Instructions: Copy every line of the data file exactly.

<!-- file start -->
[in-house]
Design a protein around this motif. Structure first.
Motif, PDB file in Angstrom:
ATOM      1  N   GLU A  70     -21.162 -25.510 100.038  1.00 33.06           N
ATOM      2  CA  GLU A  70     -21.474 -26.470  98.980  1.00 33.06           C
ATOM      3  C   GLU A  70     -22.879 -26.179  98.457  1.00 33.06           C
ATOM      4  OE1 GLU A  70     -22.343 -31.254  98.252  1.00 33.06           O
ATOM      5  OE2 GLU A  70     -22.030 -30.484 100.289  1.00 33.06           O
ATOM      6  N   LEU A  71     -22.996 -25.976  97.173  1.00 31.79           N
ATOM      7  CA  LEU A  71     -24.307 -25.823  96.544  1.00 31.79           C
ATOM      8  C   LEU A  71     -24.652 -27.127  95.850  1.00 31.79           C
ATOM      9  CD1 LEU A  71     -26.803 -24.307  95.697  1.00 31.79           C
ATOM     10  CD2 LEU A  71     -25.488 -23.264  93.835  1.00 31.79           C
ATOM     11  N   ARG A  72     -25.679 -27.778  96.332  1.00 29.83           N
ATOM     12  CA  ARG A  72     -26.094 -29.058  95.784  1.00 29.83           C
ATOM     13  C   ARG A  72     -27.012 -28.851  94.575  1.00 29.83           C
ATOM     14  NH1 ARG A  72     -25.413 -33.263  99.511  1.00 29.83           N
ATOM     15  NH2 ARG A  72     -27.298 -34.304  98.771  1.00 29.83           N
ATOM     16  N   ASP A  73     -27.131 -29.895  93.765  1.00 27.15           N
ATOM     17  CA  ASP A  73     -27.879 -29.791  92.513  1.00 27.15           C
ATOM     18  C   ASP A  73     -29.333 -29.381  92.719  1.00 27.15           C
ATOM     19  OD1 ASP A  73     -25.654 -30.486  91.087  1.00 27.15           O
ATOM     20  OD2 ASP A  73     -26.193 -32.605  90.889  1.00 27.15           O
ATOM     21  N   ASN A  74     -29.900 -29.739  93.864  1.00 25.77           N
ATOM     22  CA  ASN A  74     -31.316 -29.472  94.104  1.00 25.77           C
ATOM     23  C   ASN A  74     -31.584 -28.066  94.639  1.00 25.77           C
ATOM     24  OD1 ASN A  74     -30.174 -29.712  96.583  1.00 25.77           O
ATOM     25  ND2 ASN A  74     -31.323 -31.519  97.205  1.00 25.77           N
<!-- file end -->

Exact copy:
[in-house]
Design a protein around this motif. Structure first.
Motif, PDB file in Angstrom:
ATOM      1  N   GLU A  70     -21.162 -25.510 100.038  1.00 33.06           N
ATOM      2  CA  GLU A  70     -21.474 -26.470  98.980  1.00 33.06           C
ATOM      3  C   GLU A  70     -22.879 -26.179  98.457  1.00 33.06           C
ATOM      4  OE1 GLU A  70     -22.343 -31.254  98.252  1.00 33.06           O
ATOM      5  OE2 GLU A  70     -22.030 -30.484 100.289  1.00 33.06           O
ATOM      6  N   LEU A  71     -22.996 -25.976  97.173  1.00 31.79           N
ATOM      7  CA  LEU A  71     -24.307 -25.823  96.544  1.00 31.79           C
ATOM      8  C   LEU A  71     -24.652 -27.127  95.850  1.00 31.79           C
ATOM      9  CD1 LEU A  71     -26.803 -24.307  95.697  1.00 31.79           C
ATOM     10  CD2 LEU A  71     -25.488 -23.264  93.835  1.00 31.79           C
ATOM     11  N   ARG A  72     -25.679 -27.778  96.332  1.00 29.83           N
ATOM     12  CA  ARG A  72     -26.094 -29.058  95.784  1.00 29.83           C
ATOM     13  C   ARG A  72     -27.012 -28.851  94.575  1.00 29.83           C
ATOM     14  NH1 ARG A  72     -25.413 -33.263  99.511  1.00 29.83           N
ATOM     15  NH2 ARG A  72     -27.298 -34.304  98.771  1.00 29.83           N
ATOM     16  N   ASP A  73     -27.131 -29.895  93.765  1.00 27.15           N
ATOM     17  CA  ASP A  73     -27.879 -29.791  92.513  1.00 27.15           C
ATOM     18  C   ASP A  73     -29.333 -29.381  92.719  1.00 27.15           C
ATOM     19  OD1 ASP A  73     -25.654 -30.486  91.087  1.00 27.15           O
ATOM     20  OD2 ASP A  73     -26.193 -32.605  90.889  1.00 27.15           O
ATOM     21  N   ASN A  74     -29.900 -29.739  93.864  1.00 25.77           N
ATOM     22  CA  ASN A  74     -31.316 -29.472  94.104  1.00 25.77           C
ATOM     23  C   ASN A  74     -31.584 -28.066  94.639  1.00 25.77           C
ATOM     24  OD1 ASN A  74     -30.174 -29.712  96.583  1.00 25.77           O
ATOM     25  ND2 ASN A  74     -31.323 -31.519  97.205  1.00 25.77           N